The diagram that shows the data-transfer speed at the beginning and end of each hard disk helps clear things out. You can see that the external drive from Seagate has better results than its opponent from Maxtor.
Synthetic benchmarks are good, but real-life tests are better yet. I will now compare the drives in the FC-Test utility which performs various operations over five file-sets that differ in the number and average size of files included. The utility measures the time it takes to perform each operation and calculates the speed of the drive. The operations are all performed on one 32GB partition except for the Copy Far operation during which the file-sets are copied from one disk partition to another.
The results of the drives in FAT32 come first.
The first diagram shows the file creation (write) speed. The Seagate is an obvious leader here. The Maxtor OneTouch III Mini Edition doesn’t look competitive at all.
The Maxtor OneTouch III Mini Edition is slower than its opponent at reading the file-sets, too. The difference isn’t as big as in the previous case, though.
The Maxtor is slower than the Seagate Portable Hard Drive when copying files within the same partition.
The last diagram shows the speed of the drives as they are copying files from one partition to another, and the Maxtor OneTouch III Mini Edition is much slower than its opponent across all the file-sets.
Let’s see if it’s any different in NTFS.
The Maxtor OneTouch III Mini Edition is lagging behind the Seagate in this test, although it doesn’t look too bad in comparison with the opponent in the Windows and Programs patterns.
The Seagate Portable Hard Drive’s read speed is higher in NTFS than the Maxtor’s, but the gap between them is not too big here.
Copying files within the same partition, the Maxtor wins the Windows and Programs patterns that consist of a lot of small-size files.
The Maxtor OneTouch III Mini Edition is faster when copying the Windows and Programs file-sets from one partition to another. The Seagate Portable Hard Drive is better with the other three file-sets.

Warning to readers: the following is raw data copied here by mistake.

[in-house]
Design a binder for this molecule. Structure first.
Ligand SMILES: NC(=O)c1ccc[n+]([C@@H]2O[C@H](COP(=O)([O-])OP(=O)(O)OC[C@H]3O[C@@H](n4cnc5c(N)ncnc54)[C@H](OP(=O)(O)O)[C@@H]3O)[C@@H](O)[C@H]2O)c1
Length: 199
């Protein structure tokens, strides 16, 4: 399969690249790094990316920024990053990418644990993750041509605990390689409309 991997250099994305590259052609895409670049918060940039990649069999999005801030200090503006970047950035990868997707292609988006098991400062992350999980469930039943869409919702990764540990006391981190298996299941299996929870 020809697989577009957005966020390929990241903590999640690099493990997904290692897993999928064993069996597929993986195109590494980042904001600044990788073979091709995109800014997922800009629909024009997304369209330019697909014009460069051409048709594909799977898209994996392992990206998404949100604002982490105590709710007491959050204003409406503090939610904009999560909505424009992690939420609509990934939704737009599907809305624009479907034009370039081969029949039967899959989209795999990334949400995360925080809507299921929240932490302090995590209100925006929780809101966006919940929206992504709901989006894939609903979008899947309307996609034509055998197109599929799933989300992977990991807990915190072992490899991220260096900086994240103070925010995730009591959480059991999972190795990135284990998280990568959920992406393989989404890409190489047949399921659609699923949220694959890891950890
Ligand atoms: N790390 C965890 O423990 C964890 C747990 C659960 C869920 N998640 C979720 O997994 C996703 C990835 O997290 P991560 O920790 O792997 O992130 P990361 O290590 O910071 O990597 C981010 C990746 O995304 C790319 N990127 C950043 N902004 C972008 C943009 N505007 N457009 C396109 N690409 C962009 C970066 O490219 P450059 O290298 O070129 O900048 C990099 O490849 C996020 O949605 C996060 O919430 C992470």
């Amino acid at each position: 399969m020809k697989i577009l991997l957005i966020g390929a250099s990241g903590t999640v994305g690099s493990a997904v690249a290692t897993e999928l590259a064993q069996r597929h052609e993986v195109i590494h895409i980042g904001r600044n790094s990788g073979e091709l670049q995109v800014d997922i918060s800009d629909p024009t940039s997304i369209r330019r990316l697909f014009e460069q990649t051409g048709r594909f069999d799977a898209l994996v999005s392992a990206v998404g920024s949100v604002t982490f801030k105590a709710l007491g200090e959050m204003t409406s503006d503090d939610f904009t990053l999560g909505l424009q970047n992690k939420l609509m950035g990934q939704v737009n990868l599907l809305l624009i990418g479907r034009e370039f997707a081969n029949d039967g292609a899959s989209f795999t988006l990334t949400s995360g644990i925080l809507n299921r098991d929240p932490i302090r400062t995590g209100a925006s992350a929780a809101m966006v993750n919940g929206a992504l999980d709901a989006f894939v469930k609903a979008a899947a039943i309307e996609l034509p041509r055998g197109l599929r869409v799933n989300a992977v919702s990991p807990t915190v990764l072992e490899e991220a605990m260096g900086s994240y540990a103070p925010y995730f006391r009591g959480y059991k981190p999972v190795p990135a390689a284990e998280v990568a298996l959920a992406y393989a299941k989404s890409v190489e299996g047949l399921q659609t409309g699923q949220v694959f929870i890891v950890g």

The release of a compact external hard drive is an expectable move from Maxtor who has previously been offering a wide range of external devices based on 3.5” HDDs. But Seagate makes external HDDs, too, so it’s not quite clear what’s going to be in the future when Maxtor and Seagate merge into one company and begin selling products under the latter’s brand only. Well, after all it’s the two companies’ business to decide which product lines are going to survive their merger.
On our part, we have made sure today that the OneTouch III Mini Edition is slower than the Seagate Portable Hard Drive. We also advise you to use NTFS on the former drive since it has performed somewhat better with it than with FAT32 in our tests. In the rest of its parameters the new drive is much alike to its bigger mates that don’t have the words “Mini Edition” in their names. The key features of the drive are the OneTouch button that facilitates the process of backing up your data and the preinstalled software that protects your data from unauthorized access. The system rollback feature may also be helpful. The OneTouch III Mini Edition doesn’t need additional power sources apart from the USB, has a cute design and readily fits into your pocket.
So, not a record-setter in terms of performance, this product looks good enough from other points of view. It’s up to you to decide whether it’s worth the money you are asked for it.